Much craftsmanship has accompanied the revival of a corner of the credit market on Wall Street, which has many of the hallmarks of a bubble.
Anton Pil, managing partner of J.P. Morgan Asset Management, however, may have compiled it on Wednesday at a luncheon during which the company discussed its guide to alternative investments.
"This will end badly," Pil said, expressing his view that the growing appetite for so-called leveraged loans and the recent surge in production has brought some form of debt that has increasingly brought less protection to investors and restrictions on borrowers Known as covenant lite, Wall Street could become a major issue.
David Lebovitz, the company's global market strategist, recently cited his research, saying that the composition of home loan lenders has shifted from traditional banks to non-bank lenders. As a result, the quality of the leveraged loans has deteriorated.
As a result, "almost 80% of the leveraged loans issued last year were considered" Citeant Lite, "Lebovitz said during lunch, which included Pil and David Kelly, JP Morgan Asset Management's key global strategist.
Moody & # 39; s Investors Service said in January that the Loan Covenant Quality Indicator, which covers all investor protection in speculative bundle bundles, has risen to a record 4.16 and the recent high of 4.10 Third quarter exceeded from 2018 and again in the second quarter of 2018.
Leveraged loans are typically used to finance private equity transactions and mergers and acquisitions, as well as to refinance or recapitalize existing debts on a company's balance sheet.
Because floating rate bonds, a rising interest rate environment, as was the case in 2018, servicing this type of debt can make borrowers more expensive, making them more vulnerable to default. In addition, an economy in the final stages of expansion, where expectations of recession are rising, also creates an unstable background for risky lending, according to J.P. Morgan.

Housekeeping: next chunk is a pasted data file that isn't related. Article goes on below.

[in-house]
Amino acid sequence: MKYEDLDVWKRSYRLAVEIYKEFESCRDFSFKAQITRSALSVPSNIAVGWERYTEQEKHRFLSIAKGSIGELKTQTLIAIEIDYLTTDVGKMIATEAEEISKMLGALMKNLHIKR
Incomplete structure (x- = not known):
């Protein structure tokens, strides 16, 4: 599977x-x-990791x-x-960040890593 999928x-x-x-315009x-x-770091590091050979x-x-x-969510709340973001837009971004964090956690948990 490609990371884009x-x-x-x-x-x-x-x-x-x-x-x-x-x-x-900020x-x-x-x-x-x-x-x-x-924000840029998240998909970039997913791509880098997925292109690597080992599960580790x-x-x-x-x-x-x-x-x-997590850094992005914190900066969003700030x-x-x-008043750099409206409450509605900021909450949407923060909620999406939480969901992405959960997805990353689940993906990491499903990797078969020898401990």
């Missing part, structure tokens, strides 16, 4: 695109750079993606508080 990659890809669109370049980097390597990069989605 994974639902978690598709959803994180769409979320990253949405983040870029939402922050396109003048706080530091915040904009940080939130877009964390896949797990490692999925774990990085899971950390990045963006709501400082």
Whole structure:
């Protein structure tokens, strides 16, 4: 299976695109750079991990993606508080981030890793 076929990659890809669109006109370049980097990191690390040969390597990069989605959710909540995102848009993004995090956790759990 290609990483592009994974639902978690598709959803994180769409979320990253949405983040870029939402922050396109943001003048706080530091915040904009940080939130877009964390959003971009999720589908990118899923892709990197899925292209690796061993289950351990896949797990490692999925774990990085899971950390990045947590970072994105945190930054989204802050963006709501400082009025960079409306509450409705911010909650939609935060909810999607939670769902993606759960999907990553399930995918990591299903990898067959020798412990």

Borrowing in the US has increased in the past two years and has exceeded the level of the 2007-2009 financial crisis. Such borrowing reached a record $ 1.66 trillion in 2017 and was $ 1.46 trillion in 2018, according to Dealogic data. This is the largest two-year rise in the industry.
Private loans were attractive to institutional investors, such as pension funds, as they are not prone to price volatility, as in equities, and can offer higher yields than US government bonds or treasuries with ten-year US Treasury bonds
with a relatively low yield of 2.69%. For comparison, the average dividend yield for components of the Dow Jones Industrial Average
is 2.4% and the S & P 500 Index is 2.1%
according to FactSet, but also these benchmarks have so far risen by about 10% in 2019.
Both the International Monetary Fund (in a blog post) and the Confederation The Reserve has recently categorized the re-emergence of leveraged loans as a risk that should be considered.
Despite worries about leveraged loans, Lebovitz sounded more poignant than Pil about the potential for such a debt to evoke a systematic failure of the financial markets that resembled the implosion following the mortgage-backed securities debacle that prevailed around the world Decade.
"In our view, a wave of defaults would exacerbate the downturn in the economy as banks' exposure is low. We do not believe that this represents the same systemic risk as the mortgages in 2008, "he said.
Lebovitz noted, however, that a cycle of non-bank lenders who initiate private loans, according to the Bank of England, increases multiples in transactions.
"They estimate that the issuance of leveraged loans last year totaled around $ 800 billion worldwide. Of this $ 800 billion, approximately 60% of this leveraged loan was used to fund M & A (19459013) and LBO (19459014) transactions. All right, you have private loan funds that are now being lent to private equity firms, "he said."
Lebovitz said instead of freaking out, he said investors needed to go over their debts Invest in and invest in the managers they choose.
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